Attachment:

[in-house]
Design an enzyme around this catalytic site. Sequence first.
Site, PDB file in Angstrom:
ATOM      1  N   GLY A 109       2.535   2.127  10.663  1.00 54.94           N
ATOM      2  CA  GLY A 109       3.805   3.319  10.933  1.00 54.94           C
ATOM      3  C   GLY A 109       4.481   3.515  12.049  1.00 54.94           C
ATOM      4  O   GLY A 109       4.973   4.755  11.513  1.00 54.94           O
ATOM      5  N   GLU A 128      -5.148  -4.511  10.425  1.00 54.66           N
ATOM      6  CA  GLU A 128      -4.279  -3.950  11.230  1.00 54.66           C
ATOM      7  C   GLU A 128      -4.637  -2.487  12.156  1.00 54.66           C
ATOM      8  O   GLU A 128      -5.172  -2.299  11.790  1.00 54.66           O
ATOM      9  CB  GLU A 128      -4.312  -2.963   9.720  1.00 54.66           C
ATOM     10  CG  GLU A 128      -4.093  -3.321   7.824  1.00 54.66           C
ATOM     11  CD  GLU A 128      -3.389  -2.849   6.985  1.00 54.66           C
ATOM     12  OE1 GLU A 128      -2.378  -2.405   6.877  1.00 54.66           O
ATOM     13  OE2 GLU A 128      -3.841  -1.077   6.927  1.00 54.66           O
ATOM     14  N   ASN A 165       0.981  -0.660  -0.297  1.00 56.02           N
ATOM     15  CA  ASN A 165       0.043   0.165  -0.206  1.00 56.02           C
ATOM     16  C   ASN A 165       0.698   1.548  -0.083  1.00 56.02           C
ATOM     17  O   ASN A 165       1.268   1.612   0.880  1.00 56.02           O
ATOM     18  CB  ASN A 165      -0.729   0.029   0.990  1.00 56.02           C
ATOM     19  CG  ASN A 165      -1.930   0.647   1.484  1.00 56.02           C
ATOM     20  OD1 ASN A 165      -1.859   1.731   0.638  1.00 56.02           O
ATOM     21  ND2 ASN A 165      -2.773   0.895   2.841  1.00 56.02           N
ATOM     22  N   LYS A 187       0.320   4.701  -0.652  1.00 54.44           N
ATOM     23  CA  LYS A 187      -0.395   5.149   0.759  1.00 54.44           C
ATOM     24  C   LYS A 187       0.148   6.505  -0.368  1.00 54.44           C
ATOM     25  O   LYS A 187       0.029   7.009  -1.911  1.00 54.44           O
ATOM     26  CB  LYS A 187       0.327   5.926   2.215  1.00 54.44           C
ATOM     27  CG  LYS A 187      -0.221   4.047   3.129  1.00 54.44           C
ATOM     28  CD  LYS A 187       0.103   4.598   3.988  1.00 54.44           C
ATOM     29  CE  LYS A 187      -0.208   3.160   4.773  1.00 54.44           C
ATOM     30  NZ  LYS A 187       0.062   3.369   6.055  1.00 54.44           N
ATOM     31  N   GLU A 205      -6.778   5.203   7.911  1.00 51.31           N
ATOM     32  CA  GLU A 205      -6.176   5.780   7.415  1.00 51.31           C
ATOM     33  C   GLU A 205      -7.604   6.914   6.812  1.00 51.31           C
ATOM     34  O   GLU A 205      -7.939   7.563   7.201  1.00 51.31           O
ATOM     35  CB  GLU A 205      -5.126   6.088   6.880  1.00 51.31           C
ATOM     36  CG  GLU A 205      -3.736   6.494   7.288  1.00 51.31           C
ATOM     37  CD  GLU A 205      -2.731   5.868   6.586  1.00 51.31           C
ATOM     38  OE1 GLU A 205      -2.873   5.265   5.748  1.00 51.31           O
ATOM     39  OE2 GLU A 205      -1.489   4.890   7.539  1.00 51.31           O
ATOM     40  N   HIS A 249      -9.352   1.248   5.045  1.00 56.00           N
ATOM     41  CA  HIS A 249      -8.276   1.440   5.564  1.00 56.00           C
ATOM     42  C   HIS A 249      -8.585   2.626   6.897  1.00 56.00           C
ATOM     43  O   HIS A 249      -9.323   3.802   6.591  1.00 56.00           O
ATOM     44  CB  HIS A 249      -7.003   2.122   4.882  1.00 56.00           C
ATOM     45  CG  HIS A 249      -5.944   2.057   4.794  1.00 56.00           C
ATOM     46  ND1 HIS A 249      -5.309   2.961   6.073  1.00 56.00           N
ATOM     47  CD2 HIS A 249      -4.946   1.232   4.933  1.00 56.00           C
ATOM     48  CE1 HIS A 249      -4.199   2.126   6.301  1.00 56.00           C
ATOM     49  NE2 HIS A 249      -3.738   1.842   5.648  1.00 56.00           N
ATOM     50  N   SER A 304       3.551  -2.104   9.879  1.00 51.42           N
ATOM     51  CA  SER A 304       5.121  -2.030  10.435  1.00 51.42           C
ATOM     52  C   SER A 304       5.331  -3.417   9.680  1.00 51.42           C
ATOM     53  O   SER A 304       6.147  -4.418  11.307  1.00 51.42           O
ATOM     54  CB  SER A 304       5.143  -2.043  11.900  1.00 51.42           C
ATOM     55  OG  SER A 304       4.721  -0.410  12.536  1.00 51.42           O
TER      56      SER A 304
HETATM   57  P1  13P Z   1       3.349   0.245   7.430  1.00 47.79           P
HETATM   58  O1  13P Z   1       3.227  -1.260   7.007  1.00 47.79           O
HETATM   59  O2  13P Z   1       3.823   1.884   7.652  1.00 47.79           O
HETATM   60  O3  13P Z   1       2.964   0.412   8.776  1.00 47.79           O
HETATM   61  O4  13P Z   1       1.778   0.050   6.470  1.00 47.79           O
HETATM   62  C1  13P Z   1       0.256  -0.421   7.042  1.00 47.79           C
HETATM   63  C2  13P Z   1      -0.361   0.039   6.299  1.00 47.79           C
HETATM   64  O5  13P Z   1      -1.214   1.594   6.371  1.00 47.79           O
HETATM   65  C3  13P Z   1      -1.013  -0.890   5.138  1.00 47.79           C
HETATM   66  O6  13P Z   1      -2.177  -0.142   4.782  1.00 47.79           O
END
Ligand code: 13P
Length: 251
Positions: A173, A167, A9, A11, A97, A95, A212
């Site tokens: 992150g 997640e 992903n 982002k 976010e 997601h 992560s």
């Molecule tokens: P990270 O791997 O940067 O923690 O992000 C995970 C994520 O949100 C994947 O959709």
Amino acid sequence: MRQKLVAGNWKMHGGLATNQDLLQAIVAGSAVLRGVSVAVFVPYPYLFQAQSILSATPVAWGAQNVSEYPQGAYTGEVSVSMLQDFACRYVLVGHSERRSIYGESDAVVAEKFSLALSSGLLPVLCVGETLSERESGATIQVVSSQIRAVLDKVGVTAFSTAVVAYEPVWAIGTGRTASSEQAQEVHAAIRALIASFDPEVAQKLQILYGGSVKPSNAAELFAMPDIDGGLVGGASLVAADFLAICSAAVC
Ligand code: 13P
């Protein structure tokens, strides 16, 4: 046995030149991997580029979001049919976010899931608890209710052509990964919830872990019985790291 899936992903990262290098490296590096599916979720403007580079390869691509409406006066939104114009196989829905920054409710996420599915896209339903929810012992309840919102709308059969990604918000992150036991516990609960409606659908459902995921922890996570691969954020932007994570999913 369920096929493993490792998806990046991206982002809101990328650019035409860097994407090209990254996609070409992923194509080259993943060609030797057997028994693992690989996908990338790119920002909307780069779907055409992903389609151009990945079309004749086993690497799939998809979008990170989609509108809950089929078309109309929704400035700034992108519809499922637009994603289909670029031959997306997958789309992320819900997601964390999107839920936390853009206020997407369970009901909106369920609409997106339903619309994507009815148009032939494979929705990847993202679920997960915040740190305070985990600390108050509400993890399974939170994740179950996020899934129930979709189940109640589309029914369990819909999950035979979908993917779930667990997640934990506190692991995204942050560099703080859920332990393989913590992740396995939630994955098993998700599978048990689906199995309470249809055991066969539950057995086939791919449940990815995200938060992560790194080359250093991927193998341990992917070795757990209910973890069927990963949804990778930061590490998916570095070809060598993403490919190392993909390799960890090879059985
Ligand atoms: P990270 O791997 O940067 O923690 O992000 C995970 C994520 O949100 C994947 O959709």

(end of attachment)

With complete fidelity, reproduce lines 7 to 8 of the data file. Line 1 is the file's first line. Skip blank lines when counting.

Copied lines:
ATOM      4  O   GLY A 109       4.973   4.755  11.513  1.00 54.94           O
ATOM      5  N   GLU A 128      -5.148  -4.511  10.425  1.00 54.66           N